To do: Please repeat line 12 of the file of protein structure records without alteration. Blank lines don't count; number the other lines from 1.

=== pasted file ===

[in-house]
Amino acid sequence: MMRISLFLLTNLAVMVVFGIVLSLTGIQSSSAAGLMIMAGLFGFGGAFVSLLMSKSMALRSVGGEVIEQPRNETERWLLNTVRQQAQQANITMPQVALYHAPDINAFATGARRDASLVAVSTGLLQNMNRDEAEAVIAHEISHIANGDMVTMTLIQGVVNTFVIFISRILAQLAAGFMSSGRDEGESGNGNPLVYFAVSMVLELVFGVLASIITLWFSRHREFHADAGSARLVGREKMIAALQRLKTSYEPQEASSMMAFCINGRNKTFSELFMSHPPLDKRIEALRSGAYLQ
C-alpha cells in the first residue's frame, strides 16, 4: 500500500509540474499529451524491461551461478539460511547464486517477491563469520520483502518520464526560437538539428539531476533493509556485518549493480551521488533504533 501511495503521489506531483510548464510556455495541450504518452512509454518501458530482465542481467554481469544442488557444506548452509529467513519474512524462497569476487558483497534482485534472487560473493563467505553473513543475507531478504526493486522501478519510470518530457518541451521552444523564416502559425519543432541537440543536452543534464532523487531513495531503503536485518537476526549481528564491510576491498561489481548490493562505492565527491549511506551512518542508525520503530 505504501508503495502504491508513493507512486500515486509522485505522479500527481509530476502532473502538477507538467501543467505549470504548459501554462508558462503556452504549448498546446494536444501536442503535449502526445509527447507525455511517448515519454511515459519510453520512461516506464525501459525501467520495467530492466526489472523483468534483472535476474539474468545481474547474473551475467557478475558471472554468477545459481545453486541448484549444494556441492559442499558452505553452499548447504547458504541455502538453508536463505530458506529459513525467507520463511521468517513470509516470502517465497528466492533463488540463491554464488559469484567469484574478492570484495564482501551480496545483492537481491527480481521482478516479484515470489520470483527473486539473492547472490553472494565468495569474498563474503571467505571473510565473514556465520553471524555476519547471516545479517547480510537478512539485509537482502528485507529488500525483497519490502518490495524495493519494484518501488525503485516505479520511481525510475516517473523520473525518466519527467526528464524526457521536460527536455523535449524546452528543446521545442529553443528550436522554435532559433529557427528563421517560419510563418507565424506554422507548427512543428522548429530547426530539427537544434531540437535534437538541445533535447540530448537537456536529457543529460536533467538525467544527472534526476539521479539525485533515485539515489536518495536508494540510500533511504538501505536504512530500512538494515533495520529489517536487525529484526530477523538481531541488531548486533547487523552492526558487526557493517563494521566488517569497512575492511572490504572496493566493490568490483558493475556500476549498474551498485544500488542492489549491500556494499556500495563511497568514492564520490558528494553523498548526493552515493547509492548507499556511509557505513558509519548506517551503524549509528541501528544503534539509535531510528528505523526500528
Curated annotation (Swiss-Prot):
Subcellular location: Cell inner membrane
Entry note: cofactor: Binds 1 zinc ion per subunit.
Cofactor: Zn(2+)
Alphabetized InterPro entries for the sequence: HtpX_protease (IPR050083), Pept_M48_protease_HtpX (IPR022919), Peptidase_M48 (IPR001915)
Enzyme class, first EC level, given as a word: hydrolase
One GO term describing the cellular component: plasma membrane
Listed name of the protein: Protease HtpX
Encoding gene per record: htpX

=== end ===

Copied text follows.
Encoding gene per record: htpX